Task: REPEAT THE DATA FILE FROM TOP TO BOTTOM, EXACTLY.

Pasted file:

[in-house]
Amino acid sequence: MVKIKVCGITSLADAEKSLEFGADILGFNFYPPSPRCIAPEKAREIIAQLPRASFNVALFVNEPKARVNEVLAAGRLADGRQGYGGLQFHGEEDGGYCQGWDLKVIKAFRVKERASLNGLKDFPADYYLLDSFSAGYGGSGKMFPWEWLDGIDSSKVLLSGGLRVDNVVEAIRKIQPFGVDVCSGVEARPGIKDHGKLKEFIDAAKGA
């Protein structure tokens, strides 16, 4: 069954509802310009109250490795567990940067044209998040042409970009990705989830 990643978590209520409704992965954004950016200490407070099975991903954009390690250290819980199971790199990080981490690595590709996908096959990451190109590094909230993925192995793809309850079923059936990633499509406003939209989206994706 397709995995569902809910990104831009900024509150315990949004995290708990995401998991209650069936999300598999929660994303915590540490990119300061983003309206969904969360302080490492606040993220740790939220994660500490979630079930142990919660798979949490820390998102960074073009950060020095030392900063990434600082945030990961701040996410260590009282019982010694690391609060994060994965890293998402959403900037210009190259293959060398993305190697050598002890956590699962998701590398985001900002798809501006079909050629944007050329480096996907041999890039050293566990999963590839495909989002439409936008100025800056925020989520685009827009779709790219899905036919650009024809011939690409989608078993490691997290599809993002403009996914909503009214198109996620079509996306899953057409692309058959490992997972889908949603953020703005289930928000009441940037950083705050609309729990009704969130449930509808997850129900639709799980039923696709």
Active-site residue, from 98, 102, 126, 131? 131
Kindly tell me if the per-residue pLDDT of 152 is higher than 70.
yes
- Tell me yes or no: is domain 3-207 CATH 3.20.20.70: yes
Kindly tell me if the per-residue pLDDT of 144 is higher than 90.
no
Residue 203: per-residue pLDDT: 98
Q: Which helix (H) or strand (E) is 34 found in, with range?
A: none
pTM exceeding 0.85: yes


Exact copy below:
[in-house]
Amino acid sequence: MVKIKVCGITSLADAEKSLEFGADILGFNFYPPSPRCIAPEKAREIIAQLPRASFNVALFVNEPKARVNEVLAAGRLADGRQGYGGLQFHGEEDGGYCQGWDLKVIKAFRVKERASLNGLKDFPADYYLLDSFSAGYGGSGKMFPWEWLDGIDSSKVLLSGGLRVDNVVEAIRKIQPFGVDVCSGVEARPGIKDHGKLKEFIDAAKGA
């Protein structure tokens, strides 16, 4: 069954509802310009109250490795567990940067044209998040042409970009990705989830 990643978590209520409704992965954004950016200490407070099975991903954009390690250290819980199971790199990080981490690595590709996908096959990451190109590094909230993925192995793809309850079923059936990633499509406003939209989206994706 397709995995569902809910990104831009900024509150315990949004995290708990995401998991209650069936999300598999929660994303915590540490990119300061983003309206969904969360302080490492606040993220740790939220994660500490979630079930142990919660798979949490820390998102960074073009950060020095030392900063990434600082945030990961701040996410260590009282019982010694690391609060994060994965890293998402959403900037210009190259293959060398993305190697050598002890956590699962998701590398985001900002798809501006079909050629944007050329480096996907041999890039050293566990999963590839495909989002439409936008100025800056925020989520685009827009779709790219899905036919650009024809011939690409989608078993490691997290599809993002403009996914909503009214198109996620079509996306899953057409692309058959490992997972889908949603953020703005289930928000009441940037950083705050609309729990009704969130449930509808997850129900639709799980039923696709």
Active-site residue, from 98, 102, 126, 131? 131
Kindly tell me if the per-residue pLDDT of 152 is higher than 70.
yes
- Tell me yes or no: is domain 3-207 CATH 3.20.20.70: yes
Kindly tell me if the per-residue pLDDT of 144 is higher than 90.
no
Residue 203: per-residue pLDDT: 98
Q: Which helix (H) or strand (E) is 34 found in, with range?
A: none
pTM exceeding 0.85: yes